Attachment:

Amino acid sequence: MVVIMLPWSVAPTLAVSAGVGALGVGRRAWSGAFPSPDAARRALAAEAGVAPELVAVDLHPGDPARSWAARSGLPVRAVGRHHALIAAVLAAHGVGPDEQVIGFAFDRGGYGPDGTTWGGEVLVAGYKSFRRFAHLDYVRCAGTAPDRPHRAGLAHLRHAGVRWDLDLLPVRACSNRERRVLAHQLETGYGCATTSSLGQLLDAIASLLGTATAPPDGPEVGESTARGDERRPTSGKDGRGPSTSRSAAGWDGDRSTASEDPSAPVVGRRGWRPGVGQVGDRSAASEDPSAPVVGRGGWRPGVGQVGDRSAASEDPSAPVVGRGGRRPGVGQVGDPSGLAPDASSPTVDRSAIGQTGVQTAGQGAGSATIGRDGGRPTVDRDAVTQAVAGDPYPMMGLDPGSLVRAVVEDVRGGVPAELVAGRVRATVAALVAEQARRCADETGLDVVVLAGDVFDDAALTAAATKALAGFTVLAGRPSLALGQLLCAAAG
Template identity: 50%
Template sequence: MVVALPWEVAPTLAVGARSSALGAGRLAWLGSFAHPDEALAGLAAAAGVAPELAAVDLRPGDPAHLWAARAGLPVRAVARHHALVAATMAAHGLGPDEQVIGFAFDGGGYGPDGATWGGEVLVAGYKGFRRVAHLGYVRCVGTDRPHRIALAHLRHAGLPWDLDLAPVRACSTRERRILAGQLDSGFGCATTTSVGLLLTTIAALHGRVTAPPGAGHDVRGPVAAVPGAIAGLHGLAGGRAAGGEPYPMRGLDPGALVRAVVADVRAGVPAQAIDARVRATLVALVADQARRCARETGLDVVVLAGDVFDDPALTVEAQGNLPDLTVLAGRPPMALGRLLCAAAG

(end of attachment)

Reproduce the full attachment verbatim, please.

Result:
Amino acid sequence: MVVIMLPWSVAPTLAVSAGVGALGVGRRAWSGAFPSPDAARRALAAEAGVAPELVAVDLHPGDPARSWAARSGLPVRAVGRHHALIAAVLAAHGVGPDEQVIGFAFDRGGYGPDGTTWGGEVLVAGYKSFRRFAHLDYVRCAGTAPDRPHRAGLAHLRHAGVRWDLDLLPVRACSNRERRVLAHQLETGYGCATTSSLGQLLDAIASLLGTATAPPDGPEVGESTARGDERRPTSGKDGRGPSTSRSAAGWDGDRSTASEDPSAPVVGRRGWRPGVGQVGDRSAASEDPSAPVVGRGGWRPGVGQVGDRSAASEDPSAPVVGRGGRRPGVGQVGDPSGLAPDASSPTVDRSAIGQTGVQTAGQGAGSATIGRDGGRPTVDRDAVTQAVAGDPYPMMGLDPGSLVRAVVEDVRGGVPAELVAGRVRATVAALVAEQARRCADETGLDVVVLAGDVFDDAALTAAATKALAGFTVLAGRPSLALGQLLCAAAG
Template identity: 50%
Template sequence: MVVALPWEVAPTLAVGARSSALGAGRLAWLGSFAHPDEALAGLAAAAGVAPELAAVDLRPGDPAHLWAARAGLPVRAVARHHALVAATMAAHGLGPDEQVIGFAFDGGGYGPDGATWGGEVLVAGYKGFRRVAHLGYVRCVGTDRPHRIALAHLRHAGLPWDLDLAPVRACSTRERRILAGQLDSGFGCATTTSVGLLLTTIAALHGRVTAPPGAGHDVRGPVAAVPGAIAGLHGLAGGRAAGGEPYPMRGLDPGALVRAVVADVRAGVPAQAIDARVRATLVALVADQARRCARETGLDVVVLAGDVFDDPALTVEAQGNLPDLTVLAGRPPMALGRLLCAAAG